Jane Levi on this year’s Oxford Symposium and how a simple ploughman’s lunch can tell us much about the landscape of British food
Image: Regula Ysewijn
Every year for the last 35 years, a group of food-obsessed scholars, cooks and others from all over the world have gathered together in an Oxford college and spent a joyous weekend thinking about, talking about and eating food. The Oxford Symposium on Food and Cookery, a charitable educational trust, met again over the weekend of 7th-9th July, and this time one of their newest trustees, David Matchett—who by day is the Market development manager—brought lunch for his 250 fellow symposiasts with him.
A glorified ploughman’s (an inspired choice that chimed with the Symposium’s theme of ‘food and landscape’) the menu provided as much food for thought as nourishment, featuring a plethora of Borough Market’s suppliers (Montgomery’s cheddar and Stichelton from Neal’s Yard Dairy, unpasteurised butter from Hook & Sons, bread from Olivier’s Bakery, Rosebud Preserves’ Yorkshire pickle and New Forest cider from The Cider House to wash it all down) and with it, a visual representation of British history—namely, the deep influences of other cultures, particularly European trading partners, on our food landscape.
Ploughmen of the future
It begs the question, what would this particular meal have been for the almost mythical early ploughman, whose sustenance it was supposed to have been (and does it really matter)? It makes us wonder what its kitsch reinvention as a marketing idea in the fifties through the seventies tells us about the political and social landscape of that time and, crucially, it questions where the British ‘ploughmen’ and food producers of the future might find themselves—and indeed, what might be on all of our plates—in a post-Brexit world.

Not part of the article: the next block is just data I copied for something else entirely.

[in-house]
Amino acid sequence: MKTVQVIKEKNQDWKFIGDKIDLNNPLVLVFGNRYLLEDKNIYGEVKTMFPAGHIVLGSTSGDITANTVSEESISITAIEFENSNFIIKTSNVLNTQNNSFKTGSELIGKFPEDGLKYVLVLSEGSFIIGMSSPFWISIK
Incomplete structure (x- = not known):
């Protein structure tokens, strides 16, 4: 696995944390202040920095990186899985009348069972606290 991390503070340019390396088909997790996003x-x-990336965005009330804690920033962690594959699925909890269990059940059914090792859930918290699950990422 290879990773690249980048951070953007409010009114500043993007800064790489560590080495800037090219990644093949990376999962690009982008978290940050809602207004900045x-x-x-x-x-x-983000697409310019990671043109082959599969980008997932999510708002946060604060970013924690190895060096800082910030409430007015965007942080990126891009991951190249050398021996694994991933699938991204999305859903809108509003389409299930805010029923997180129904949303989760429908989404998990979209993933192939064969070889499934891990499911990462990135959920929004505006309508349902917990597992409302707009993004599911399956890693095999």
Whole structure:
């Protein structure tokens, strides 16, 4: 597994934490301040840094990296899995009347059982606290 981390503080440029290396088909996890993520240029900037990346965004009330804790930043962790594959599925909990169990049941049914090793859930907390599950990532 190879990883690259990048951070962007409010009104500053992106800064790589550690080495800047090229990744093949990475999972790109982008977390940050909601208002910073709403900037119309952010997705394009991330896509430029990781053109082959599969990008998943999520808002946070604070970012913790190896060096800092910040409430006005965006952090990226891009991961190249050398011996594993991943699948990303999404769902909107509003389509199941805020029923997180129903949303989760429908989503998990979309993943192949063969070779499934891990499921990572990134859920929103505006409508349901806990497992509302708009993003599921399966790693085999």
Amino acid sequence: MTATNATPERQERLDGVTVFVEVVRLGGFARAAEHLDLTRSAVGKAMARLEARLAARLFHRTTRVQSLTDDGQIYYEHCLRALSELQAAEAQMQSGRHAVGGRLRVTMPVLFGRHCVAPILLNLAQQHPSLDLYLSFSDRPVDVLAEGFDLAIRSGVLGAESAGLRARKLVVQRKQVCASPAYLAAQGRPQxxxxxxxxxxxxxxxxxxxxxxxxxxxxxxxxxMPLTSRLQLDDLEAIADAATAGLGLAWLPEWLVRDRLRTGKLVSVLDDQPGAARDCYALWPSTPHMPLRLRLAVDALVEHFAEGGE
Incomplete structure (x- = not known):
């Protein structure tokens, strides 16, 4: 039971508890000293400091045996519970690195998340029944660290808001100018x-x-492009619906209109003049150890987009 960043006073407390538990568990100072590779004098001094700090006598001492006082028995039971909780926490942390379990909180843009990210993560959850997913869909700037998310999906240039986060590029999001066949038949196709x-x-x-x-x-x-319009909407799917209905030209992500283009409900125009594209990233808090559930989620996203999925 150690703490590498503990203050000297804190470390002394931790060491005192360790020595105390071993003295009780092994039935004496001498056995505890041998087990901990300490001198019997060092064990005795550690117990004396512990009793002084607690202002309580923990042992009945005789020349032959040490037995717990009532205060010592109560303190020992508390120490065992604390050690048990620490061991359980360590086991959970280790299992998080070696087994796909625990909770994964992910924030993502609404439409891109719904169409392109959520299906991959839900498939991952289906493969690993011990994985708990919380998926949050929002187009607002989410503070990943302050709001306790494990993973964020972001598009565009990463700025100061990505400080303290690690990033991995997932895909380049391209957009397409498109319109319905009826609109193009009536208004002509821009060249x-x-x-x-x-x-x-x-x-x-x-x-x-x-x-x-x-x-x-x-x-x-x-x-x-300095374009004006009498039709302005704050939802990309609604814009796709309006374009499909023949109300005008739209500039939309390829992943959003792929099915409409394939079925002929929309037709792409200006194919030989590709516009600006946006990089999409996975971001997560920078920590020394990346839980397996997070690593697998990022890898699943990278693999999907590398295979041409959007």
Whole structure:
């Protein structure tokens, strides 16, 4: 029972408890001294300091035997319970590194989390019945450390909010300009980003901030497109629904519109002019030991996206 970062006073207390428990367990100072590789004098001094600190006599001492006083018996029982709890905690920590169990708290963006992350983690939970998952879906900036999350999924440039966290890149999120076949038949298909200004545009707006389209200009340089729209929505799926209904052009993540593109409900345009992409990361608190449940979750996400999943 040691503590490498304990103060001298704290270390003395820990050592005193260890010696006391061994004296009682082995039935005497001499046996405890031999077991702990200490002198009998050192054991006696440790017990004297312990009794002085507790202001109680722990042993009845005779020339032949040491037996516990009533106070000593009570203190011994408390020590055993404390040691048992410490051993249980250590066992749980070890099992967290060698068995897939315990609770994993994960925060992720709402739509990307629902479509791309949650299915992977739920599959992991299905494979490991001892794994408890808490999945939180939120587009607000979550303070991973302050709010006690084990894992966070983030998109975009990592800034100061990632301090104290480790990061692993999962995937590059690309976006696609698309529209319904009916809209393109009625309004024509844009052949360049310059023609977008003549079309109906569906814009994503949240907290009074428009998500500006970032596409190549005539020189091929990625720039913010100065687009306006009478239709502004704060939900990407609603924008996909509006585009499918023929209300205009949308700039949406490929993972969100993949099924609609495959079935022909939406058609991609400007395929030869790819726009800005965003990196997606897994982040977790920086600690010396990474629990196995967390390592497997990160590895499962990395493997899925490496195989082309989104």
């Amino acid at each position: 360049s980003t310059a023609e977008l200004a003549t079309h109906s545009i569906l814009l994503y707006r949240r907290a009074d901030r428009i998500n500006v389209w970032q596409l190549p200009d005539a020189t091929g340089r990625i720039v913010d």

Take Stichelton, for example. Made in the traditional stilton style, but using unpasteurised milk, this cheese is not permitted to call itself stilton because the description used by the British authorities in stilton’s Protected Designation of Origin (PDO) requires pasteurisation. A system that across Europe protects traditional food processes has here been used to protect a more recent industrial process. What might the future hold for domestic food producers, particularly those producing smaller quantities of fine foods who might continue to seek protections for their produce and products? What will the British food landscape look like in 10, 50 or 100 years from now?
The printed menu, designed by Jake Tilson with characteristic wit and beauty, challenged the throng to think and talk about these kinds of questions as they ate.
Ben Houge, an assistant professor at Berklee College of Music in Boston, worked with the Market to design an interactive soundscape to synchronise with the ideas behind the meal and provoke an aural consideration of the political landscape of food, and help bring the spirit of the Market to Oxford. Sound and colour evoked the traditional city landscape of shopping, convivial eating and an appreciation of the multiple communities of food that combine to produce our meals, even—or perhaps especially—ones as apparently simple as a ploughman’s lunch.